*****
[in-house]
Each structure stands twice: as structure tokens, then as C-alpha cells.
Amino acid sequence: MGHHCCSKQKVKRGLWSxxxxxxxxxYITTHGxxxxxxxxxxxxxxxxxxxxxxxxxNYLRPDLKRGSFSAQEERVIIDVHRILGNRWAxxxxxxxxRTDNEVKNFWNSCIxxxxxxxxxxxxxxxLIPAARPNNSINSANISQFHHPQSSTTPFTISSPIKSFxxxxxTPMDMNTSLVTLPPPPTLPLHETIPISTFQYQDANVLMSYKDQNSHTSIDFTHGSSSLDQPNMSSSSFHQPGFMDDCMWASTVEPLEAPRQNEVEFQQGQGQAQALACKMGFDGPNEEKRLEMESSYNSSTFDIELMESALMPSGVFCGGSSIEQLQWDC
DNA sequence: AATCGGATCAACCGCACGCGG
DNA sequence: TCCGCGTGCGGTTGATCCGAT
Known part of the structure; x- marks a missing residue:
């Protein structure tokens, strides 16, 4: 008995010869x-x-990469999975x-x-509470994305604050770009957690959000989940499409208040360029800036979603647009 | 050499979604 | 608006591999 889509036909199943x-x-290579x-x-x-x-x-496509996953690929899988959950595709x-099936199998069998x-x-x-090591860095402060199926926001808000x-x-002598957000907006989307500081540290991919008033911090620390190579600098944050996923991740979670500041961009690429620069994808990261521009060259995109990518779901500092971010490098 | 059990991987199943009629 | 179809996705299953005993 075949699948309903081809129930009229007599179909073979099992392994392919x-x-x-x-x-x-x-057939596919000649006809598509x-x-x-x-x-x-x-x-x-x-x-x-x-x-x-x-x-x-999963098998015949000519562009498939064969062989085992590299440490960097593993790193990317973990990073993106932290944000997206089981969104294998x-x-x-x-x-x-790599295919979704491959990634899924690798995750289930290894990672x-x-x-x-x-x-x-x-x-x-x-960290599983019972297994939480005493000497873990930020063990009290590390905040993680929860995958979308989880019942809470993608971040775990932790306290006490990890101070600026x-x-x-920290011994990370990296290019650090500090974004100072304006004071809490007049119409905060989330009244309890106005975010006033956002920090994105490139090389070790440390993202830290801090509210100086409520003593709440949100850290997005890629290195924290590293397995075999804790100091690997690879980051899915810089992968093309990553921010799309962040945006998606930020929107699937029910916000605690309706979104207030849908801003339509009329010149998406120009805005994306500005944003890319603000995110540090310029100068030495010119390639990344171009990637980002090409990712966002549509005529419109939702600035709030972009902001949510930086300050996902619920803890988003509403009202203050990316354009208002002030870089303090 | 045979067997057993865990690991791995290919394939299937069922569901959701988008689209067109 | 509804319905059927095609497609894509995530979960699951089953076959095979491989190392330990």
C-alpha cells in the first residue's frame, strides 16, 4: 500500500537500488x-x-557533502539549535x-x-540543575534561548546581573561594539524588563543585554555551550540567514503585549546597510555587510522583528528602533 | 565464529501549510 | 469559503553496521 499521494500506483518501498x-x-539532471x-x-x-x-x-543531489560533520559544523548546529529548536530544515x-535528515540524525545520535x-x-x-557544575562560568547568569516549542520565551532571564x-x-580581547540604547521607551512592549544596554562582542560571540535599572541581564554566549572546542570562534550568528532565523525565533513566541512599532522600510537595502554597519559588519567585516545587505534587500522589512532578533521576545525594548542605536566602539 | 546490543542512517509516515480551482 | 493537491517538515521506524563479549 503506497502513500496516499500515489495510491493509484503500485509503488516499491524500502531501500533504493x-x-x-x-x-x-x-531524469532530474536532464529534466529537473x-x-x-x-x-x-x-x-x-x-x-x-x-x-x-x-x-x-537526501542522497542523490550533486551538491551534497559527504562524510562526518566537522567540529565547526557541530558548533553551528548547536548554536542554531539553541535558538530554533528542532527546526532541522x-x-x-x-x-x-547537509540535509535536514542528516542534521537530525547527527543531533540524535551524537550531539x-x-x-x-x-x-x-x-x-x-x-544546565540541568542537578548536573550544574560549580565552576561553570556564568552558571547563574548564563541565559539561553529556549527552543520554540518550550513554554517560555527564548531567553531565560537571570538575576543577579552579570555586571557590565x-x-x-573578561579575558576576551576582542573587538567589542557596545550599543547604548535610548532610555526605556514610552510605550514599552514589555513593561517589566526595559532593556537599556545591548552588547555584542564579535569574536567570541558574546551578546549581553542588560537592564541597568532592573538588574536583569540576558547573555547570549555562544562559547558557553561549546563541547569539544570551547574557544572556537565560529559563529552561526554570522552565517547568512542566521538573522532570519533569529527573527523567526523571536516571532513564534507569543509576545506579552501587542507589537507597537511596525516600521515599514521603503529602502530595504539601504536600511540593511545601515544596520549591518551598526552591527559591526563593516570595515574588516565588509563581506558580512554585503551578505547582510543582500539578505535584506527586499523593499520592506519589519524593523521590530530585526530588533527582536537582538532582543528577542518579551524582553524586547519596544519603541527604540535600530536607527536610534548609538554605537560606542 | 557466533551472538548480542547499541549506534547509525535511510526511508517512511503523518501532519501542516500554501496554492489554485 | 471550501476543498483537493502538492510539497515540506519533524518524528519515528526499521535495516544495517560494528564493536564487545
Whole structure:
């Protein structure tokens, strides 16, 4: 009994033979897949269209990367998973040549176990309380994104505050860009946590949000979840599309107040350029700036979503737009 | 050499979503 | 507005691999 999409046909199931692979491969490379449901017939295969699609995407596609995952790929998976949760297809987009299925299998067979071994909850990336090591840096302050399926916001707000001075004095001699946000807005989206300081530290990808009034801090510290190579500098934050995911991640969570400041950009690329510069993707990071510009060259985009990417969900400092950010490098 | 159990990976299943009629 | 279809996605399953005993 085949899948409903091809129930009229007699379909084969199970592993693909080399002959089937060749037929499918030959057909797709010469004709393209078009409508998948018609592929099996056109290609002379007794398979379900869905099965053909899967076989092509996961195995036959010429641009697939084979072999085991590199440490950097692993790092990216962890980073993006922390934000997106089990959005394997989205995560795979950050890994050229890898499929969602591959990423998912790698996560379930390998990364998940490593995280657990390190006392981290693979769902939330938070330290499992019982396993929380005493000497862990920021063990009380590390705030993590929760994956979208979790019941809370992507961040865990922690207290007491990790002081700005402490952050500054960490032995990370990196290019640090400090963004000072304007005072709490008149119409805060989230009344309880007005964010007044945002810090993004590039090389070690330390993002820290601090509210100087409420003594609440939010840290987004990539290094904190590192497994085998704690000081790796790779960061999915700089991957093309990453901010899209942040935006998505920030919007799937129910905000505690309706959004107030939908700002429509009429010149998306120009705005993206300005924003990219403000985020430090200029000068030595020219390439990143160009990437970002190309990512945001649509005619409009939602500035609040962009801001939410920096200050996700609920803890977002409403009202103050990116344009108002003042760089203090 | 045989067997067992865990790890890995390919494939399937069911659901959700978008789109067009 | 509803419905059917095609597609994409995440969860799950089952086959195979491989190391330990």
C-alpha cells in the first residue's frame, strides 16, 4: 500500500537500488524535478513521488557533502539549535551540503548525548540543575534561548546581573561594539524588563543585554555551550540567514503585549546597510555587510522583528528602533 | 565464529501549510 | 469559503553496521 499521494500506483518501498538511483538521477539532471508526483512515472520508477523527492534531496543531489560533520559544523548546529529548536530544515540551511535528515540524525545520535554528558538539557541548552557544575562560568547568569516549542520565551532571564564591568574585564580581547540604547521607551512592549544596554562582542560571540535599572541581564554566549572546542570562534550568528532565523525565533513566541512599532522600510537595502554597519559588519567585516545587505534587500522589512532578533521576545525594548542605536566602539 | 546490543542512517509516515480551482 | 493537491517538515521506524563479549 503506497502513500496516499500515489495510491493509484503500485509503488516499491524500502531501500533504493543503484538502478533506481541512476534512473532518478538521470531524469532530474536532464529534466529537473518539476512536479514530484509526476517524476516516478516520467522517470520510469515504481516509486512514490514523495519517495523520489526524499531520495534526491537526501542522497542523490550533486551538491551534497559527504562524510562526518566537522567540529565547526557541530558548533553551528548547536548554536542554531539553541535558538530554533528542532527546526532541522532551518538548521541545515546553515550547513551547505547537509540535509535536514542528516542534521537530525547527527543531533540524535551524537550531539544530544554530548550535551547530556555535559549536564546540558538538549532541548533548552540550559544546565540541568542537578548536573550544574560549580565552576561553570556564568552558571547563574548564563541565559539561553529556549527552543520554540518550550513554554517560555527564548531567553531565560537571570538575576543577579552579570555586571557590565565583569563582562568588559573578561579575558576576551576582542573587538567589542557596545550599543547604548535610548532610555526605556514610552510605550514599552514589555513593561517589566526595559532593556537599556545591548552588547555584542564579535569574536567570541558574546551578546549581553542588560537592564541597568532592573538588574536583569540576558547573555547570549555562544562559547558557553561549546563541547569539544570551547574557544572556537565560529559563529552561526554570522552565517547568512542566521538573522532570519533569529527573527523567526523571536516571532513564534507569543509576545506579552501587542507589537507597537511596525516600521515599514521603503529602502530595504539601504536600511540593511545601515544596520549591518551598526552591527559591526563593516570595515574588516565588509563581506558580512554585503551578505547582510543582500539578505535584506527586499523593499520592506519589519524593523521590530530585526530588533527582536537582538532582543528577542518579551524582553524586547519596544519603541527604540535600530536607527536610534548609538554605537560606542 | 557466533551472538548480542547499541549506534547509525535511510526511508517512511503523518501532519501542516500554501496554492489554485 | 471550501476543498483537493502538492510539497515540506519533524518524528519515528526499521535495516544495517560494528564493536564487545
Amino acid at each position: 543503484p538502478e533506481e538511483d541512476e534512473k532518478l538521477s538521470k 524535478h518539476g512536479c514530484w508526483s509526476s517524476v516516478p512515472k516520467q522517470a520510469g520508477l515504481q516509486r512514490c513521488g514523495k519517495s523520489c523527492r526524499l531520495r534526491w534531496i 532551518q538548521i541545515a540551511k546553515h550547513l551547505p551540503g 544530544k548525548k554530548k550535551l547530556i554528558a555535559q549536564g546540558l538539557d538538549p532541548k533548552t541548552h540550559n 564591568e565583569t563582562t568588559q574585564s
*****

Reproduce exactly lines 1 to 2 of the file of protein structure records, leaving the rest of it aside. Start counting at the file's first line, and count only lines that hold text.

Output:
[in-house]
Each structure stands twice: as structure tokens, then as C-alpha cells.